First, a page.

There is such a contrast in this chapter between the godly praise of Hannah in verses 1-10 and the evil acts of Eli’s sons in verses 12-26. Hannah not only gave praise and glory to God in her words, but she described who the Lord would honor and who he would humble. She also prophesied in verse 10 when she said, “He will give strength to his king and exalt the horn of his anointed.” At that point, there was no king in Israel, nor was any king on the horizon. Late in Samuel’s life, when his mother had almost certainly been dead for some time, Samuel, her son, would anoint the first and the second king of Israel.

Meanwhile, Eli and his sons were acting dishonorably before the Lord and, instead of giving prophesies, they were being prophesied against (vv. 27-36). The author of 1 Samuel described Eli’s sons in a general way in verse 12. Then in verses 13-17 he gave specific instances of their sin of having “no regard for the Lord” (v. 12). The manifestation of their ungodly attitude toward the Lord was first of all their treatment of his offerings. When the people brought sacrifices to the Lord, they were acts of worship to him, of course. But God had also decreed that some sacrifices were to also provide food for the priests (see Lev 6:25-26 for one example). The problem was not that Eli’s sons ate the sacrificial meat; the problem was that they cared nothing for the Lord, the worshipper, or the Law’s instructions about the sacrifices. All they cared about was getting the best portion of meat from the sacrifice and the ability to cook it as they wanted. 

Eli’s sons treated the meat of the sacrifices as property they could take for their own appetites. They also viewed the women who served in tabernacle as property they could take for their sexual appetites (vv. 22b). Eli’s sons, then, used their privileged position as priests to serve themselves with no regard for how the Lord was to be served. Eli did confront his sons about their sins and did urge them to stop (vv. 23-26), but he would not use the position and power the Lord gave them to make them stop. He had every right—responsibility even—to remove them as priests for their wicked acts, but he cared more about honoring them than he did about honoring the Lord (v. 29).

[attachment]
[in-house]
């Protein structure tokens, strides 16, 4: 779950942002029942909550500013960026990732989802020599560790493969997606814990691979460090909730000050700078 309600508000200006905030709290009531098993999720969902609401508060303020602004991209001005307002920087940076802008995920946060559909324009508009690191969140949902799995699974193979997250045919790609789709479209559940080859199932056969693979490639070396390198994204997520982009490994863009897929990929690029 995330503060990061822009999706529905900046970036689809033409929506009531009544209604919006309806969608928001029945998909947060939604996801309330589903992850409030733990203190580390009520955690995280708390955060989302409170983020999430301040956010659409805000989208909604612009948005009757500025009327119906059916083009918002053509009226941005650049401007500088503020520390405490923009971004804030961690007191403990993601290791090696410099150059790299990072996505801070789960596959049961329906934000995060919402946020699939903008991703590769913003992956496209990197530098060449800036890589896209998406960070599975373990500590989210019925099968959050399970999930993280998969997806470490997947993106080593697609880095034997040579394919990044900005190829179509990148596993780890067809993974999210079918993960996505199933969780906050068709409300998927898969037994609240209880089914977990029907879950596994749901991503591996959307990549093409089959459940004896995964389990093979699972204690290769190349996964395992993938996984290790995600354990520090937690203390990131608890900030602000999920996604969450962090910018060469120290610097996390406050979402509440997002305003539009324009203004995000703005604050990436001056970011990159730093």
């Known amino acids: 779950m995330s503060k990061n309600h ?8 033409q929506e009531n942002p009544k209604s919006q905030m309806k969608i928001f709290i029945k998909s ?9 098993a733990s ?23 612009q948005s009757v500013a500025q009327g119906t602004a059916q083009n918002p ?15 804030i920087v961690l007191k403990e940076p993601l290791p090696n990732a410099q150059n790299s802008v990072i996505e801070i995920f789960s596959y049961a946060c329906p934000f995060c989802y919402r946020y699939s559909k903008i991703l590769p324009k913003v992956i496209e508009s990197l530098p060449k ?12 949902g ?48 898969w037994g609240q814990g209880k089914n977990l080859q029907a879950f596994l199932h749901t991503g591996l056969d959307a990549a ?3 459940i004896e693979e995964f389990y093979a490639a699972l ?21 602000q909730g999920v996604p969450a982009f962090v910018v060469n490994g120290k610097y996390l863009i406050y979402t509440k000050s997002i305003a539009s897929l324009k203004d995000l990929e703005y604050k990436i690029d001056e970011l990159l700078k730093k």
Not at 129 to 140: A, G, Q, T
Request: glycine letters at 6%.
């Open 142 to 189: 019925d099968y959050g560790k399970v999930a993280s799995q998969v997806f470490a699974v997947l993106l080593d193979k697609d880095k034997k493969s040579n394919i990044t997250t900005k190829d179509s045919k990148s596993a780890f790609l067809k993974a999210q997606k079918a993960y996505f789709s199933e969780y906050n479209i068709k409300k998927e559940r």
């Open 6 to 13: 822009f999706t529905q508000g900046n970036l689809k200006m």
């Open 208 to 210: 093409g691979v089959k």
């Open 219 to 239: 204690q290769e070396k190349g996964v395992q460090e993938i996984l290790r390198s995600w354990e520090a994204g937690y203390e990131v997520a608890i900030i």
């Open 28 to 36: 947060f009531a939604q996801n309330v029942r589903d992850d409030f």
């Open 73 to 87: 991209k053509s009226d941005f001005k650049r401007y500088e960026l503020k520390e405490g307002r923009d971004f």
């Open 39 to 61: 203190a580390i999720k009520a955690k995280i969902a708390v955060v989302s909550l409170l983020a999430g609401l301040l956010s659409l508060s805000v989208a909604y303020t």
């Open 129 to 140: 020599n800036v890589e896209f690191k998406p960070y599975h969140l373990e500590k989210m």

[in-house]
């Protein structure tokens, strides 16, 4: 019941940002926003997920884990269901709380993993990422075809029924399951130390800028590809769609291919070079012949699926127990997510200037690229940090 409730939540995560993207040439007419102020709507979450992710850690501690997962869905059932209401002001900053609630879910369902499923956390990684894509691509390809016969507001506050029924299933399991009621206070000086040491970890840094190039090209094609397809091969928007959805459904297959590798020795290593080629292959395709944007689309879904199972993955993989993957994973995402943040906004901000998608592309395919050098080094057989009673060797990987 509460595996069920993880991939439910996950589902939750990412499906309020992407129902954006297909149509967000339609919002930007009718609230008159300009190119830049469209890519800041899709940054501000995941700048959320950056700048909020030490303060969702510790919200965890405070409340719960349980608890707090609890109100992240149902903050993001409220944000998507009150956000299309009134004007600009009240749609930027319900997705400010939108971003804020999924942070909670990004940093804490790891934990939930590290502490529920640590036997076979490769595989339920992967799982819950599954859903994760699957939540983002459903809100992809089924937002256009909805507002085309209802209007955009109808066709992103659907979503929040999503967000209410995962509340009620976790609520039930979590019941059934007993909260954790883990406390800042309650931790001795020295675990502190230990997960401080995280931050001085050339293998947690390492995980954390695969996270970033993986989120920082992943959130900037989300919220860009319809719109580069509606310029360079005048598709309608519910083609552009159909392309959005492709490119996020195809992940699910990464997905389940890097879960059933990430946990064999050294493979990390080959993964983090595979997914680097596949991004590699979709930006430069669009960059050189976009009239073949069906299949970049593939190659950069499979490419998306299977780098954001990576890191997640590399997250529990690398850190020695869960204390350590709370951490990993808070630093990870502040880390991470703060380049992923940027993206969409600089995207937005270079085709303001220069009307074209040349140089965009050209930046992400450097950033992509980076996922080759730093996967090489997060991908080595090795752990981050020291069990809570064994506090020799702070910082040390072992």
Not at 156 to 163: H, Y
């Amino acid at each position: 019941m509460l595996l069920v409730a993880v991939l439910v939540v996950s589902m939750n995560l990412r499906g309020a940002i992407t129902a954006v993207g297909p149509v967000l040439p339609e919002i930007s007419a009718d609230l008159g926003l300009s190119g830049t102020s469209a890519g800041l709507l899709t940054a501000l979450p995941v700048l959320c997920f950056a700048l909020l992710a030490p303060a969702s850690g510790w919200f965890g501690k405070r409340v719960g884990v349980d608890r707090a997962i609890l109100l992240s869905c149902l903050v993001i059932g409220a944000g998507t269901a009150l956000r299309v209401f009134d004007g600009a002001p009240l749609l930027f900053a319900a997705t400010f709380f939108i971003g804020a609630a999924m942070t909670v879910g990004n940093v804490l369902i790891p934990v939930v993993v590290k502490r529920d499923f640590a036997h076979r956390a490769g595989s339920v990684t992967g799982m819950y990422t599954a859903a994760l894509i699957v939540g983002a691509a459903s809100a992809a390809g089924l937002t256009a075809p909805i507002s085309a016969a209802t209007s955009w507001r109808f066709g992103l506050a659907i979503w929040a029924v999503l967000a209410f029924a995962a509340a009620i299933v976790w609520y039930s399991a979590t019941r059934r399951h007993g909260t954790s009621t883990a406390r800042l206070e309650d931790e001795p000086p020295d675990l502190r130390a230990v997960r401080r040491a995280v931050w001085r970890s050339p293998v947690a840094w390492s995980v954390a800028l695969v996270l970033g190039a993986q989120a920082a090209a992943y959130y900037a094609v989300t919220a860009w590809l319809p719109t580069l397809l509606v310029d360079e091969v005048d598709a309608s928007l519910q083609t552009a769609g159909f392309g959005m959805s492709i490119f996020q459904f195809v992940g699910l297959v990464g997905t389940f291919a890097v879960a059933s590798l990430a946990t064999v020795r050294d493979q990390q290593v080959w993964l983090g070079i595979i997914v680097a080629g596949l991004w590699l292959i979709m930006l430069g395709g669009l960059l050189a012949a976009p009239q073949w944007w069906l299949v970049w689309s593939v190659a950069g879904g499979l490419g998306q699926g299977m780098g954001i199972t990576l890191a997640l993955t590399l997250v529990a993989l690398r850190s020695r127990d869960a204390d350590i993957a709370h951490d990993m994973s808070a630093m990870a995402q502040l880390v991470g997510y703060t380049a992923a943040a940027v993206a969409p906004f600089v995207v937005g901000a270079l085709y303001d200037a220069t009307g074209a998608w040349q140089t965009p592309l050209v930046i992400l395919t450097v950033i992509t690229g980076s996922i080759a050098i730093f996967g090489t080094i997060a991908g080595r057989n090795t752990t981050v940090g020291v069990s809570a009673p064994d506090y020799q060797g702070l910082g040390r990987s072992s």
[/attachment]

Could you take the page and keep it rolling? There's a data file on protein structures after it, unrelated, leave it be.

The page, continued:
All three of these men, then, were sinning in their capacity as leaders. His sons abused the privilege of leadership to bring them pleasure. Eli refused to use the power he had as a leader for the Lord’s glory. Instead, he used it to protect his sons, even though he was disgusted by their sins.

The problem with power is that it can seduce those who have it into using for their own enrichment or for their own protection rather than for doing what is good. The boss who takes credit for the work of his team, the pastor who steals from the church’s treasury or preys on women who come to him for spiritual help, the father or mother takes out their own frustrations on their children, the politician who uses public office to enrich himself or herself—these are all ways in which people use a position for selfish gratification instead of to serve the Lord by using that power for his glory.

Is there any area in your life where your actions as a leader benefit you but displease the Lord?

Samuel was brought to serve in the tabernacle by his mother, but God brought him there to replace the house of Eli with godly leadership. Samuel will show us how a godly leader operates and, of course, the sacrifice of Christ a little over a thousand years after this will show us how God wants us to use our leadership to serve not to be served. Think about where God has called you to lead; now, is your leadership there glorifying to him or gratifying to you?

Joshua 24, Jeremiah 46, Romans 8

Read Joshua 24, Jeremiah 46, and Romans 8.

This devotional is about Romans 8.

In the previous chapters of Romans, we were taught much about the Law and its relationship to humanity. In chapter 7, we learned that God’s Law is great and holy. Our problems with it are not with IT but with ourselves: “…the Law is spiritual but I am unspiritual….” Paul wrote of himself that he was, “sold as a slave to sin” (7:14) and his self-description applies to us as well.

As Christians, we are torn by our mental and spiritual desires to obey God’s law (7:21-22, 25b) and our sin nature, which rebels against God’s holy commands and makes us subject to death (7:16-20, 25c).

What is the remedy for this spiritual dilemma?